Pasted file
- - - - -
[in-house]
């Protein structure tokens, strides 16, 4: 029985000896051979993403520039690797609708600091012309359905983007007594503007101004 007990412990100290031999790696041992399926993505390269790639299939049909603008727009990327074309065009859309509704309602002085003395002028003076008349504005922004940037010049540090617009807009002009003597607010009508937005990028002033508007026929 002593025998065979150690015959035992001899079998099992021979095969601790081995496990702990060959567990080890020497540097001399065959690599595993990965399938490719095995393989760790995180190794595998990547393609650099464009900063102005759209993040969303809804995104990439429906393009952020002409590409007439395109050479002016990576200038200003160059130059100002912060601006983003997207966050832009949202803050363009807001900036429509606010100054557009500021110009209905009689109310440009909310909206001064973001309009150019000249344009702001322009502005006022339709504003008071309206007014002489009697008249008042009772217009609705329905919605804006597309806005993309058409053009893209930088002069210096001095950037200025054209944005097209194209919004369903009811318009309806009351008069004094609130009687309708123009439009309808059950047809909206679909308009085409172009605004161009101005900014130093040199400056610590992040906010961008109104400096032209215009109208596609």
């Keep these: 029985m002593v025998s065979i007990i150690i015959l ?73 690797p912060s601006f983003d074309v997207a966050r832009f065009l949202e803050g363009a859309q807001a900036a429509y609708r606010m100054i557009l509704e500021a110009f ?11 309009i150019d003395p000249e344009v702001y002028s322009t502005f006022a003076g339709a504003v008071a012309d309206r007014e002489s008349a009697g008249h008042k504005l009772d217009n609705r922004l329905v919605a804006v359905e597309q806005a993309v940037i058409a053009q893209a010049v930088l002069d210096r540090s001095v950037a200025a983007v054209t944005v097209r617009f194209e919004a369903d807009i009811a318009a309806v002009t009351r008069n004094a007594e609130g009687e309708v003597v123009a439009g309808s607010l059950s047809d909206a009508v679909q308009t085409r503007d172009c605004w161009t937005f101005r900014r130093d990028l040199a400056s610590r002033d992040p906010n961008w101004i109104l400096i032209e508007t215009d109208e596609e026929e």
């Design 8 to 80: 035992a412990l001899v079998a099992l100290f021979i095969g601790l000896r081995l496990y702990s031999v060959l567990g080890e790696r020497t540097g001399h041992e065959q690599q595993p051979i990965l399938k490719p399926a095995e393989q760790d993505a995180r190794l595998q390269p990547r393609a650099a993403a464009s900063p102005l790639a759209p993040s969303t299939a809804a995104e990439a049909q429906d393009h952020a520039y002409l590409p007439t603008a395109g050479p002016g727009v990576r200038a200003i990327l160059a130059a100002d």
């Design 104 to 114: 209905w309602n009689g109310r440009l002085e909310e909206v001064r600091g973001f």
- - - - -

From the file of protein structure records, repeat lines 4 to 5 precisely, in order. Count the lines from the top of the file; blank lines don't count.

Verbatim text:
């Design 8 to 80: 035992a412990l001899v079998a099992l100290f021979i095969g601790l000896r081995l496990y702990s031999v060959l567990g080890e790696r020497t540097g001399h041992e065959q690599q595993p051979i990965l399938k490719p399926a095995e393989q760790d993505a995180r190794l595998q390269p990547r393609a650099a993403a464009s900063p102005l790639a759209p993040s969303t299939a809804a995104e990439a049909q429906d393009h952020a520039y002409l590409p007439t603008a395109g050479p002016g727009v990576r200038a200003i990327l160059a130059a100002d």
């Design 104 to 114: 209905w309602n009689g109310r440009l002085e909310e909206v001064r600091g973001f």